City: No more photographs of World Trade Center site
By Elisabetta Coletti, Associated Press, 09/26/01
NEW YORK -- Photography at the World Trade Center site, where thousands of curious New Yorkers and tourists have gathered with still and video cameras since the terrorist attacks, was banned by Mayor Rudolph Giuliani.
"No photographic equipment or video equipment may be brought into the area or used, except with the approval of the Police Commissioner," said a statement issued by the mayor's office on Tuesday.
The statement said that the ban was issued because the site is a crime scene and that cameras and video equipment could be seized. No one from the mayor's office was available early Wednesday to explain why the order wasn't issued earlier.
Small signs were posted around the Trade Center site late Tuesday, warning passers-by that they risk prosecution for a Class B misdemeanor for taking pictures or violating any of the order's other provisions, including no pedestrian or vehicular traffic or occupancy of buildings within site boundaries.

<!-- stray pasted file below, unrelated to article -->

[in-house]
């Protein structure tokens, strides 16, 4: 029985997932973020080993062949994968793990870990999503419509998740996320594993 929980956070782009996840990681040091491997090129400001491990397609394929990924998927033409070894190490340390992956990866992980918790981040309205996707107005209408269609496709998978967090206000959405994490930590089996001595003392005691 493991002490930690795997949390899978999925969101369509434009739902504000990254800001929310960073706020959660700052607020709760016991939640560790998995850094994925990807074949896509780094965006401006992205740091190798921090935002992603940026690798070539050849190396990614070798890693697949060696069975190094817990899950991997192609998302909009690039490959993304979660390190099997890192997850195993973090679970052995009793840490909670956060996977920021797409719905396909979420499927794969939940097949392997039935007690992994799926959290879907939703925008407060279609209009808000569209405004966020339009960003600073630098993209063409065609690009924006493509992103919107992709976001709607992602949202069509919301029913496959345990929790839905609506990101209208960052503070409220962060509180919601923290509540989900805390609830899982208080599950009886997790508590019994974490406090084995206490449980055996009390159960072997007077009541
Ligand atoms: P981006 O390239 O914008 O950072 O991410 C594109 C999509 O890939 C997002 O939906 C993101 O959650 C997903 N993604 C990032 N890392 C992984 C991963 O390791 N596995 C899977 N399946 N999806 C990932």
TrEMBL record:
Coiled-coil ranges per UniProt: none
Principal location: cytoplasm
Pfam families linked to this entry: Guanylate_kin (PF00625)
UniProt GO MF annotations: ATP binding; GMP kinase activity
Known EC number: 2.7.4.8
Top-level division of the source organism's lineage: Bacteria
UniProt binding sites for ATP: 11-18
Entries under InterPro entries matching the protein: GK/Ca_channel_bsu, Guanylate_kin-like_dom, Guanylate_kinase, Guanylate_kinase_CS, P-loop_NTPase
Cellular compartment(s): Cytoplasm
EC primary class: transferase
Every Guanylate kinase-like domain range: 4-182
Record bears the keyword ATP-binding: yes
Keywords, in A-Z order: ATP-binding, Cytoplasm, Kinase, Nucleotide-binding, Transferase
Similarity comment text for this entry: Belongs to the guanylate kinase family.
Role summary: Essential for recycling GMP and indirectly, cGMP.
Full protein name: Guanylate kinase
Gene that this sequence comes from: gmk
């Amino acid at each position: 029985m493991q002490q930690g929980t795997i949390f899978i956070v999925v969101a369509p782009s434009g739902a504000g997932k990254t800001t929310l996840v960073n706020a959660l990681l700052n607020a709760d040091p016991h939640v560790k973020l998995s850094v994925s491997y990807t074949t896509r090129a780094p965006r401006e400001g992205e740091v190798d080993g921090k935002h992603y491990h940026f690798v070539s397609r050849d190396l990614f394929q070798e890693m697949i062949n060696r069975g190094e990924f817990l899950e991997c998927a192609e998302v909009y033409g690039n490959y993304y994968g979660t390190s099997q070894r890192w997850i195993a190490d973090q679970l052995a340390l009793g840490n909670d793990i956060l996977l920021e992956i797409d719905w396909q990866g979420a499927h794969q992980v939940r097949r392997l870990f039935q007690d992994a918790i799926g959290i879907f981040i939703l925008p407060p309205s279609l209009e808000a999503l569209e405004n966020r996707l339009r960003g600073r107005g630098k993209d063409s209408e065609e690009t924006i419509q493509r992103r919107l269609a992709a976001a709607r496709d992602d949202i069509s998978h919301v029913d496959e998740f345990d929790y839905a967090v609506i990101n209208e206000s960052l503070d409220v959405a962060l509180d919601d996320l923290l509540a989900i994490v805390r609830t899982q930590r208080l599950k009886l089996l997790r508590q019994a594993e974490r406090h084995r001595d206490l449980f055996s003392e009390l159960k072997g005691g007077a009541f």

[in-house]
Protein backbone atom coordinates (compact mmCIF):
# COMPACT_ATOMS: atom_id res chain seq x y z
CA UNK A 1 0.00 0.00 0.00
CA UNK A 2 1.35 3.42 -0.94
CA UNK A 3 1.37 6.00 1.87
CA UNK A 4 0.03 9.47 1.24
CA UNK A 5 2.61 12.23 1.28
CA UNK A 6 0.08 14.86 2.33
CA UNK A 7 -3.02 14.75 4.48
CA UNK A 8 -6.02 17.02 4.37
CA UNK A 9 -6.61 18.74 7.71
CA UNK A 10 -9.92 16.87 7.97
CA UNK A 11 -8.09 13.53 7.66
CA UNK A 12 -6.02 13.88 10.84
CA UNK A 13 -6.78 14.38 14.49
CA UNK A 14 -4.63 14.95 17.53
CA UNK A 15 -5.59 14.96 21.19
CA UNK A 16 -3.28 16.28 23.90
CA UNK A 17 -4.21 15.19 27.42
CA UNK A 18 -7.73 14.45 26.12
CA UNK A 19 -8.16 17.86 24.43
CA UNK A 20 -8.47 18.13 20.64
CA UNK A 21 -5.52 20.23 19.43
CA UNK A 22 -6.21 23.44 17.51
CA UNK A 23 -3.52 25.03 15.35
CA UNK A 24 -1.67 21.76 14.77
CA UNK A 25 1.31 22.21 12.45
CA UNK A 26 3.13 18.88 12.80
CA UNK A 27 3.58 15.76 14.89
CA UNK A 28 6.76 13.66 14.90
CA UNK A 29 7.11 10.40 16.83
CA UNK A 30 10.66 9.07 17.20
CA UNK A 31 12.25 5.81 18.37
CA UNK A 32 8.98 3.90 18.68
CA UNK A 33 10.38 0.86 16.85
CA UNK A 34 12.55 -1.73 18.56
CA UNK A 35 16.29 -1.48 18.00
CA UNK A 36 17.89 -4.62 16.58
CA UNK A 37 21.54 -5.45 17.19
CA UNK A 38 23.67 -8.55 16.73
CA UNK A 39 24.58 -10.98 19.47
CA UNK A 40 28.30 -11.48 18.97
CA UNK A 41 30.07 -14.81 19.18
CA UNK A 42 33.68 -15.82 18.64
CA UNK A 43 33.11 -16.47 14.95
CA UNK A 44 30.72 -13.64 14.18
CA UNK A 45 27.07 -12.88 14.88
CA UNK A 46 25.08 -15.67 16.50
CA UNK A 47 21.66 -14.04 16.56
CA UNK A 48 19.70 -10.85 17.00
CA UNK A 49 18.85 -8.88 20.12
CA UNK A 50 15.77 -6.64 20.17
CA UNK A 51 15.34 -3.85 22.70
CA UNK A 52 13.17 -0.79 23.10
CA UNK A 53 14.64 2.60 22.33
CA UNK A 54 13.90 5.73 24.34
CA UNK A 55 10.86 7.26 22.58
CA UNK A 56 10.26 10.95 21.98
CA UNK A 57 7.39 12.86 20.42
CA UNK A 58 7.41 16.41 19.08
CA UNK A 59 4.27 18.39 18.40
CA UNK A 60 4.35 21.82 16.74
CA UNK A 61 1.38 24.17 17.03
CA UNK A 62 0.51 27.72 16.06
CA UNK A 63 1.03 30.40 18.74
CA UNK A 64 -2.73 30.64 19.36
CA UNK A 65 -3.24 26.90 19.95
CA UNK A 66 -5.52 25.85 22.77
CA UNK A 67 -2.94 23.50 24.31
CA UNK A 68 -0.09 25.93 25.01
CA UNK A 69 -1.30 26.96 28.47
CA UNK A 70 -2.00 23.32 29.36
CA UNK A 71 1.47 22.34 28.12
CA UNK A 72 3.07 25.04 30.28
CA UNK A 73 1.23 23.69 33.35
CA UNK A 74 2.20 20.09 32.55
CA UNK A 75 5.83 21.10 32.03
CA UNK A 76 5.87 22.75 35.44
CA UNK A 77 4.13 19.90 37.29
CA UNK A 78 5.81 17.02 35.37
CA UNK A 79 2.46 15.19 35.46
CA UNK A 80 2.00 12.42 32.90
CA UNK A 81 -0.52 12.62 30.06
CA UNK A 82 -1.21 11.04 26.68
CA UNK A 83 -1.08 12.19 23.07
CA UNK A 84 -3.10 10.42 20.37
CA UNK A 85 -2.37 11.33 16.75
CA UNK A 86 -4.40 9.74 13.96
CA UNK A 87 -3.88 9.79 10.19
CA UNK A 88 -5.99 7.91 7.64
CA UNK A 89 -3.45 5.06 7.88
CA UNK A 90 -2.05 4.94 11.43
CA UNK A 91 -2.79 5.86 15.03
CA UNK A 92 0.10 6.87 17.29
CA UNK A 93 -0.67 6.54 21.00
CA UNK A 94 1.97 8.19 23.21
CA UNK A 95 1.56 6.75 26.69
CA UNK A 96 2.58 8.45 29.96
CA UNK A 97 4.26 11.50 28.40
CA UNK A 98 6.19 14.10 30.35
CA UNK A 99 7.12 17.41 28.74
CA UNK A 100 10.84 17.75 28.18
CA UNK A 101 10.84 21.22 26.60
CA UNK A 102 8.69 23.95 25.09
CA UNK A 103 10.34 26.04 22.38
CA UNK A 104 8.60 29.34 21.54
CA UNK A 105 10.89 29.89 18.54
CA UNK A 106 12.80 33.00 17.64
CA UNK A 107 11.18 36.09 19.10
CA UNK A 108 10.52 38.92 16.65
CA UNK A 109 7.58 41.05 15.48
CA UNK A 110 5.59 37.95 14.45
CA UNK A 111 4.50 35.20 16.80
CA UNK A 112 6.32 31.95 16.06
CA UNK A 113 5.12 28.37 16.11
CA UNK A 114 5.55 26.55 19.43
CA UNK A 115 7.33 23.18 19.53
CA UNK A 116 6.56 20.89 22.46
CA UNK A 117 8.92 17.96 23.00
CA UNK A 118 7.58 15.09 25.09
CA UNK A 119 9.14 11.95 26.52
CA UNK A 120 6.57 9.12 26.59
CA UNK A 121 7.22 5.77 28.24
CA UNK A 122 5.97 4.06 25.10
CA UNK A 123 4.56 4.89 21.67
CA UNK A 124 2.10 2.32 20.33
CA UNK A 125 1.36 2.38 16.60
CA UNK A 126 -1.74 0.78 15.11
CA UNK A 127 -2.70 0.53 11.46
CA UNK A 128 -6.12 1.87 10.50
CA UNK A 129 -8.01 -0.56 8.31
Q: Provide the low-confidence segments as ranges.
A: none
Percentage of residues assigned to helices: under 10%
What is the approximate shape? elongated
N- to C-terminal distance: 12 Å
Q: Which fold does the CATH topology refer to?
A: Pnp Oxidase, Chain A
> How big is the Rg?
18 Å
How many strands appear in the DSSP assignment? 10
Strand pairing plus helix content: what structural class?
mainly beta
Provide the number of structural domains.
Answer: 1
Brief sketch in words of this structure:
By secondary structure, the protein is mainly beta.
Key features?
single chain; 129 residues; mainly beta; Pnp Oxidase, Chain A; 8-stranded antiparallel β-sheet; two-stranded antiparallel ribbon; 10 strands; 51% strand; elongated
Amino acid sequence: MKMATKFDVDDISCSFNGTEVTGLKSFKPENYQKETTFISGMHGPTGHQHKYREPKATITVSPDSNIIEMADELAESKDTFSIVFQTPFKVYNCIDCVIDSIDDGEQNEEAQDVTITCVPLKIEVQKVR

Officer Michael DiFrancisco, standing guard at a barricade, said the photo ban also was "out of respect for the families and all those concerned."
More than 6,300 people are missing and feared dead in the wreckage. Since the day after the Sept. 11 attack, no survivors have been pulled out -- only bodies and body parts.
Bill Homan, standing two blocks from the twisted metal and concrete, said he was going to take pictures anyway.
"That's a phenomenal picture," said Homan, 27, a Staten Island history teacher. "In 20 years I could say, `Yes, I've seen that. I have pictures from that day."'
There were no reports of seized equipment as of early Wednesday, police spokeswoman Sgt. Marian Messina said.
Associated Press Writers Lukas I. Alpert and Vince Willis contributed to this report.